Lawmakers will get an opportunity to revisit a golden oldie controversy, in the shape of transformation in sport. Last month, the Minister of Sports and Recreation suspended the privileges of 4 sporting federations -SA Rugby, Cricket South Africa, Netball SA and Athletics SA -from bidding for international tournaments due to lack of transformation. This announcement was made during the release of the Eminent Persons Group on Transformation in Sport. Among the recommendations outlined by the Minister was that all federations and sport bodies must establish transformation committees and appoint transformation officers.

Following the burning of nearly 30 schools in Vuwani, concerns have been raised about the teaching and learning time lost due to the damage caused. Efforts by various stakeholders including the Inter-Ministerial Task Team led by the Minister of Cooperative Governance and Traditional Affairs have worked tirelessly engaging communities in a bid to bring education back to operations. In a separate statement, the government announced it will be deploying mobile classrooms to all affected schools in Vuwani and surrounding areas in Limpopo. Legislators will get an update on the status of the progress and the catch up plans that have been put in place.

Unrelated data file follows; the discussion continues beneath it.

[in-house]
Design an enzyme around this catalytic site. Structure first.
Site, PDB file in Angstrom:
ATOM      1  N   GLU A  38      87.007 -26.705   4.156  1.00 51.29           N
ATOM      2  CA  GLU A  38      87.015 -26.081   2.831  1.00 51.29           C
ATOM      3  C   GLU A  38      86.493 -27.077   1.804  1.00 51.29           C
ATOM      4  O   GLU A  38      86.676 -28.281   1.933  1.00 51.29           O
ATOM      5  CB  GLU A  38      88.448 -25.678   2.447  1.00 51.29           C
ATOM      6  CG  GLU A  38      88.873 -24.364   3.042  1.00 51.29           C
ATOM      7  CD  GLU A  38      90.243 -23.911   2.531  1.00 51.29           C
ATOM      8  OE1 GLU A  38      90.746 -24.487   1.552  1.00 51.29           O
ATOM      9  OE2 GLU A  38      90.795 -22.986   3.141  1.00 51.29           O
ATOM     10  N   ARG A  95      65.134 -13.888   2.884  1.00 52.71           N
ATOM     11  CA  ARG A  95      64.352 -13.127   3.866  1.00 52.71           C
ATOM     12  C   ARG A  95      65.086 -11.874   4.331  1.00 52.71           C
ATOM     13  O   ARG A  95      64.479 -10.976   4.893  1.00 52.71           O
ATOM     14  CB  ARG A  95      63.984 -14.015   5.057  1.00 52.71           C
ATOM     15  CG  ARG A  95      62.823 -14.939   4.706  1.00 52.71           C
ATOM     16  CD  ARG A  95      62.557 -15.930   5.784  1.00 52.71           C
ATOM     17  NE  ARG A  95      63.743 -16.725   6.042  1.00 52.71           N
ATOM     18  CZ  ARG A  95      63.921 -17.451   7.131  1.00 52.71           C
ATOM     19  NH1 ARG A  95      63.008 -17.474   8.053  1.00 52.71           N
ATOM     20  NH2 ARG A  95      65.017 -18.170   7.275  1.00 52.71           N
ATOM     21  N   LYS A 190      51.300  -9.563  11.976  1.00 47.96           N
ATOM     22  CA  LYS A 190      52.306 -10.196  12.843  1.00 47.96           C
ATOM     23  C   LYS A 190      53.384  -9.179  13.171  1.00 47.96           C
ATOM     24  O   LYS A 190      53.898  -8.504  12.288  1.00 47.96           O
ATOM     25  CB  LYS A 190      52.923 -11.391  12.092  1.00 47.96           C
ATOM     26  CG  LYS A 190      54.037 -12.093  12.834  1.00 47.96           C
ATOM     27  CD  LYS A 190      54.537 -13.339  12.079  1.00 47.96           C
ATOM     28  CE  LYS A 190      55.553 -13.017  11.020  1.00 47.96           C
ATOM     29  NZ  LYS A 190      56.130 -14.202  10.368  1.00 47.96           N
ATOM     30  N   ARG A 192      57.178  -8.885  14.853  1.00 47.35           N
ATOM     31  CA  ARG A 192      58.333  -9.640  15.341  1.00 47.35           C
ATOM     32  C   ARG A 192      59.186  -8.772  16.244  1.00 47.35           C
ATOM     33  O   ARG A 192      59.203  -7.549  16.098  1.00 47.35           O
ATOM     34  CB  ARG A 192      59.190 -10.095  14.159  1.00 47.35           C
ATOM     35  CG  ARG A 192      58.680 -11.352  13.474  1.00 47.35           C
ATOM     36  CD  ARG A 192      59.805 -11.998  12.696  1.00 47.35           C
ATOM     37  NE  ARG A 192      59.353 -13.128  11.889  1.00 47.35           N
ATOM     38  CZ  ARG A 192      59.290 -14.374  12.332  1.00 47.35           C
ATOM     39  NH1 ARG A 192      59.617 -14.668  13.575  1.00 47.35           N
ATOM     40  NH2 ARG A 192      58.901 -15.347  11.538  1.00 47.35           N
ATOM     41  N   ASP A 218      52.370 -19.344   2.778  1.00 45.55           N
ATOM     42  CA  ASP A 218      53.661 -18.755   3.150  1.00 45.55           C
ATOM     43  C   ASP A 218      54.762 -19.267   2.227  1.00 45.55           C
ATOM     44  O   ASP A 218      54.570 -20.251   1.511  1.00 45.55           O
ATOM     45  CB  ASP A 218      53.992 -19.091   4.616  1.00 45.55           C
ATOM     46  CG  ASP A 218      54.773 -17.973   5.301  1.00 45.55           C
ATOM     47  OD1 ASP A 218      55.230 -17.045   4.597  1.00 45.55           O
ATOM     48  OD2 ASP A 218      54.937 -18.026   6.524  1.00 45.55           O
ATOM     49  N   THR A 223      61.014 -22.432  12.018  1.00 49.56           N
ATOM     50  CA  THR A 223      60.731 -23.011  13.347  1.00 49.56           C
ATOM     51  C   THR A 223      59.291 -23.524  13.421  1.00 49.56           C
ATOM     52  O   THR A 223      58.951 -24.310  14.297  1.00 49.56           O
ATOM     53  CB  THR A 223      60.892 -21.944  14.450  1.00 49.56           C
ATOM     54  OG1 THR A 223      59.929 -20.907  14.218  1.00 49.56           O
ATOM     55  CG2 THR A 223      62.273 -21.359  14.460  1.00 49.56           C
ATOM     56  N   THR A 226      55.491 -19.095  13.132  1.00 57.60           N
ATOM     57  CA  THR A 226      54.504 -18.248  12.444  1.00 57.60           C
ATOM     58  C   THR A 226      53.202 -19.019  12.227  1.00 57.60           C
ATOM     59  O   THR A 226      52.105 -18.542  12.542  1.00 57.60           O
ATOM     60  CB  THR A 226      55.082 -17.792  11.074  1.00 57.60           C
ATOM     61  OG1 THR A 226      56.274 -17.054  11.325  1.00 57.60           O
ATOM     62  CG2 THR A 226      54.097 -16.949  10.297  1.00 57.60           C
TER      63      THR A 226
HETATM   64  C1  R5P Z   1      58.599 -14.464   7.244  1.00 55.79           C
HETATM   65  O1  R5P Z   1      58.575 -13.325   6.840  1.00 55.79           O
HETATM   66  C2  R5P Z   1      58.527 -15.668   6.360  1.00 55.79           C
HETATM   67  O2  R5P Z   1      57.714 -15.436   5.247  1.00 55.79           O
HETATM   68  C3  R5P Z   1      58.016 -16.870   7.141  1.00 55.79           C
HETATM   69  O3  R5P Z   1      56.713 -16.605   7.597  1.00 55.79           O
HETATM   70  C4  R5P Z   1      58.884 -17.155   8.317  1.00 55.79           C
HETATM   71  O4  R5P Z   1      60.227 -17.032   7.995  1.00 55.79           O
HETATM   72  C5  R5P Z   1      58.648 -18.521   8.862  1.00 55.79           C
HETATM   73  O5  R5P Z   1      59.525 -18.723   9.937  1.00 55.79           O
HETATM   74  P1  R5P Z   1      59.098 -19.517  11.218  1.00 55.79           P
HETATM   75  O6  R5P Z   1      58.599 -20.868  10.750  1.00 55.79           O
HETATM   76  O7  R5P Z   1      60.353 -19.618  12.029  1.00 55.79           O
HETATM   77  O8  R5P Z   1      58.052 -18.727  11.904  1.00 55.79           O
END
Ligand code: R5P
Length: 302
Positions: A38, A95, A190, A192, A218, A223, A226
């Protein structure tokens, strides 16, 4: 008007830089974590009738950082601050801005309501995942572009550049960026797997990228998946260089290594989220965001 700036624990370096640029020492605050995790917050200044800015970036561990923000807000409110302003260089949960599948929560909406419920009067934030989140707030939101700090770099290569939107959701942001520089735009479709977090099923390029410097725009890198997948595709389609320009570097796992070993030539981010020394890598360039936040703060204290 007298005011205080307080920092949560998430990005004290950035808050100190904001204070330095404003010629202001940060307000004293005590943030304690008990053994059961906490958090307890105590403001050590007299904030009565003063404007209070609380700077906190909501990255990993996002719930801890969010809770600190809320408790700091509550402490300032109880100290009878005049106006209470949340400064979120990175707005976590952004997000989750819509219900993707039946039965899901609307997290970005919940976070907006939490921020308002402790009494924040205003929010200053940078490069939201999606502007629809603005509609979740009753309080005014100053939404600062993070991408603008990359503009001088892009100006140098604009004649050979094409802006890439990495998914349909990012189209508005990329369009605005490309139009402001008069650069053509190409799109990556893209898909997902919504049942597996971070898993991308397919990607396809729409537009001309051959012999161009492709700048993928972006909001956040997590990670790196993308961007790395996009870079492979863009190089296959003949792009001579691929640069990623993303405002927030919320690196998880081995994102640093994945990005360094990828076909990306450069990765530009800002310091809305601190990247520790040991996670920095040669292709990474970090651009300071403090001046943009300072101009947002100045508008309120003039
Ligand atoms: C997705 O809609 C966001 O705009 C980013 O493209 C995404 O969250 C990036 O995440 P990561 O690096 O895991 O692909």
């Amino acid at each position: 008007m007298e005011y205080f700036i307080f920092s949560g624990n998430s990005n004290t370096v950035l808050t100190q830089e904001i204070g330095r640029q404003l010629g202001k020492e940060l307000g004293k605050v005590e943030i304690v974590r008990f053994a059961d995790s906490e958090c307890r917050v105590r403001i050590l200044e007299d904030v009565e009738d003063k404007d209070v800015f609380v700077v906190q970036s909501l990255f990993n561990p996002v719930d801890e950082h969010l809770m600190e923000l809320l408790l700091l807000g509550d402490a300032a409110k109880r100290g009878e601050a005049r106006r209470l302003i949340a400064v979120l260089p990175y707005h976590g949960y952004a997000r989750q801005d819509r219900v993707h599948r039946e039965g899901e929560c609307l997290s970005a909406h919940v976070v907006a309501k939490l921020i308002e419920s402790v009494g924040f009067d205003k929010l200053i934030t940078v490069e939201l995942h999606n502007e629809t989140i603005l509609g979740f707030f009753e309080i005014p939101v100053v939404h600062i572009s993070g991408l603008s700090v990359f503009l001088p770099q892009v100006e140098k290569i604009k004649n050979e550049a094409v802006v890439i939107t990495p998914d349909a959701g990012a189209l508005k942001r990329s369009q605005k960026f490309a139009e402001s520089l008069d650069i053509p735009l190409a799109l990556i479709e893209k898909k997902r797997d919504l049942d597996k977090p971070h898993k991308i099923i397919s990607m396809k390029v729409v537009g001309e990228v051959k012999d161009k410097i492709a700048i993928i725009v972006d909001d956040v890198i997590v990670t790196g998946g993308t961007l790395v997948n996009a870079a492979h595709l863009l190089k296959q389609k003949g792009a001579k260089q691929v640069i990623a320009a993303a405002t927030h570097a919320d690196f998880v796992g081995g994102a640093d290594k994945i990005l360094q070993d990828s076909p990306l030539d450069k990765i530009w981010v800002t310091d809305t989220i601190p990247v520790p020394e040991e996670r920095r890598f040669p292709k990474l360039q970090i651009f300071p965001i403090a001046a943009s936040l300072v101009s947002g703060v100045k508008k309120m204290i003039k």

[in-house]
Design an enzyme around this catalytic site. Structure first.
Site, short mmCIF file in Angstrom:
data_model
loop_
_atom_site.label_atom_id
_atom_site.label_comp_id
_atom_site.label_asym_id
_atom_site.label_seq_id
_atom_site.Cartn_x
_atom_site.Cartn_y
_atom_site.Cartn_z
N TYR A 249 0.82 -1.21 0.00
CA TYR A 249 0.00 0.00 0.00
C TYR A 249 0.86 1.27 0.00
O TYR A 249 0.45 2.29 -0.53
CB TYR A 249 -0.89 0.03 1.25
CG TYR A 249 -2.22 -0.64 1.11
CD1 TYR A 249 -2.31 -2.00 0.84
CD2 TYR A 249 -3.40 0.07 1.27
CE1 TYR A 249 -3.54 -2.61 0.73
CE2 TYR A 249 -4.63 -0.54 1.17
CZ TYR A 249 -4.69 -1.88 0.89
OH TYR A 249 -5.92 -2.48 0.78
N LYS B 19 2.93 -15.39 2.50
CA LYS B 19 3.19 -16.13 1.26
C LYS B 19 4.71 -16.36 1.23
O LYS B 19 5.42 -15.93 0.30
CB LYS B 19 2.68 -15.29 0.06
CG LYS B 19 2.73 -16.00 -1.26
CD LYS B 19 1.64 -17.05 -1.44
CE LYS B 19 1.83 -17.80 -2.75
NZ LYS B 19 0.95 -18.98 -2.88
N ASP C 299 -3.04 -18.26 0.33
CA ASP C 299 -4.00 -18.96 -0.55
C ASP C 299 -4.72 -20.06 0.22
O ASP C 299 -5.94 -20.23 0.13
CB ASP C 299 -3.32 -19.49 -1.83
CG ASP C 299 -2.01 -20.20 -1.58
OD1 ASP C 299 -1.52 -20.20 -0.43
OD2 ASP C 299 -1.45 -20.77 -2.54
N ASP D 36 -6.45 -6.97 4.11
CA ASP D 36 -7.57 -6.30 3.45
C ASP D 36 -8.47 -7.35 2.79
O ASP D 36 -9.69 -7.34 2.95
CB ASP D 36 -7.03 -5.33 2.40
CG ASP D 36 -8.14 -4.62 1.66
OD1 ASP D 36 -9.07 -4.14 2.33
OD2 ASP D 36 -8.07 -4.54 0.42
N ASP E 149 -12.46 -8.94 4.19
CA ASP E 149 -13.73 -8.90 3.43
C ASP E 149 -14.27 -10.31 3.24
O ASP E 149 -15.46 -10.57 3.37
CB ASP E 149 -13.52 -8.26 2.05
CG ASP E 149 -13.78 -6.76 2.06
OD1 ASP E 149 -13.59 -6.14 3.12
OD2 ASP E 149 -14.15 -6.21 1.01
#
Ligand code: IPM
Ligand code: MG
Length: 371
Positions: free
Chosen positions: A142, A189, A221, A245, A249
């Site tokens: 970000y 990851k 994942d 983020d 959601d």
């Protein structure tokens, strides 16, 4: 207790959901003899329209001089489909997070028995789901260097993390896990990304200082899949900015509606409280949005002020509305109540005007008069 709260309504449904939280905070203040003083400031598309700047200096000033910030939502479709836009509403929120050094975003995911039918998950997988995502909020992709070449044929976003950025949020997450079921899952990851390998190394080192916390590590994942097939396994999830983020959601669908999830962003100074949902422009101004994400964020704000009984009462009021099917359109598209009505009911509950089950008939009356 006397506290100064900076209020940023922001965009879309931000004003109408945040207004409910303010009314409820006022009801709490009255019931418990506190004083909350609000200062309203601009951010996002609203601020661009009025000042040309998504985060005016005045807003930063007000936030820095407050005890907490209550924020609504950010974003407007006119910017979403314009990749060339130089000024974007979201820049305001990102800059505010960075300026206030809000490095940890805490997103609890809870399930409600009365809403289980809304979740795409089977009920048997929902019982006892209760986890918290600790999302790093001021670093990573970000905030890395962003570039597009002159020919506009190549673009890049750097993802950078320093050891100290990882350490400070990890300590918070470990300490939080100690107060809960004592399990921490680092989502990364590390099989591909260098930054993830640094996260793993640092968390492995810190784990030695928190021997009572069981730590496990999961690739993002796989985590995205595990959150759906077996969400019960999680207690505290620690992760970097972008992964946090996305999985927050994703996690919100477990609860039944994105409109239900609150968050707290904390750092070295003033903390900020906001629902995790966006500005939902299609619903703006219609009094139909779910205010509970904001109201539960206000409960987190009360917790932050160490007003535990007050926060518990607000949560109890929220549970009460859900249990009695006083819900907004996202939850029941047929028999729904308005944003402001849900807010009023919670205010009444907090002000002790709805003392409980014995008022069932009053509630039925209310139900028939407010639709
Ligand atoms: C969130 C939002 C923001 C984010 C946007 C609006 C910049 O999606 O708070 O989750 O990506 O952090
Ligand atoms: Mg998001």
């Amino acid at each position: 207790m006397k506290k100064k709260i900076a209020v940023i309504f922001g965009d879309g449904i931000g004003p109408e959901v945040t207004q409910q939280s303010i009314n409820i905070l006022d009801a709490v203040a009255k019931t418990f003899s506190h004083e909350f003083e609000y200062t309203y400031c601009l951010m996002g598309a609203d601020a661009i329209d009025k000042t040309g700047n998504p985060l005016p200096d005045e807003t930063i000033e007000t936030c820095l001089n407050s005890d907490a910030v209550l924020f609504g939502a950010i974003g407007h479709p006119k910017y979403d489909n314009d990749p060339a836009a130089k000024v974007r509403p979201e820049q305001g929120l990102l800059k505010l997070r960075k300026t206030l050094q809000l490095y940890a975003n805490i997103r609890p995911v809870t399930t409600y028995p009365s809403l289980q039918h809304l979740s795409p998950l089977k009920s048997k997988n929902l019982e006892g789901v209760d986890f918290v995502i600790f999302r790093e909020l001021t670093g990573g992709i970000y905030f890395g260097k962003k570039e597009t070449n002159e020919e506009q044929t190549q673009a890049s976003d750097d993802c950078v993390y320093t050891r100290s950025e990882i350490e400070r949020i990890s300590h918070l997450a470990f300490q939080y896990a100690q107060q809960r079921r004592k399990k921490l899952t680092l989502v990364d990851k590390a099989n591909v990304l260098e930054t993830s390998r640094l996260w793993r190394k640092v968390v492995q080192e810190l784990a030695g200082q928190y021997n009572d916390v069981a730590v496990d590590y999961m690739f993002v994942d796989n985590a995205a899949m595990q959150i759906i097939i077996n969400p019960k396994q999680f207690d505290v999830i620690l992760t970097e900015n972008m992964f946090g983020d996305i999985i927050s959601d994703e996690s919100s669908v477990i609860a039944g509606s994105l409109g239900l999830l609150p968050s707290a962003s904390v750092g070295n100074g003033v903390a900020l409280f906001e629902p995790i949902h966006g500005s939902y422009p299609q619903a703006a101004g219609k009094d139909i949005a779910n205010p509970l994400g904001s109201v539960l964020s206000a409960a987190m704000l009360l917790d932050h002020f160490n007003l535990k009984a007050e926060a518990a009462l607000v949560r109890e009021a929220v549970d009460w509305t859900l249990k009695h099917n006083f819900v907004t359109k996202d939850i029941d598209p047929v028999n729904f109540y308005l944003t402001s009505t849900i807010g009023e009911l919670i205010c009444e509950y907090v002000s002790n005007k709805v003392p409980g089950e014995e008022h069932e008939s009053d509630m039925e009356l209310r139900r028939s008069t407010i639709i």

The Portfolio Committee on Women in the Presidency will get a briefing on the country's 5th Periodic Report on the Implementation of the Convention on the Elimination of All Forms of Discrimination against Women 2009 – 2014.

The NA Rules Committee will meet to consider the latest revised rules.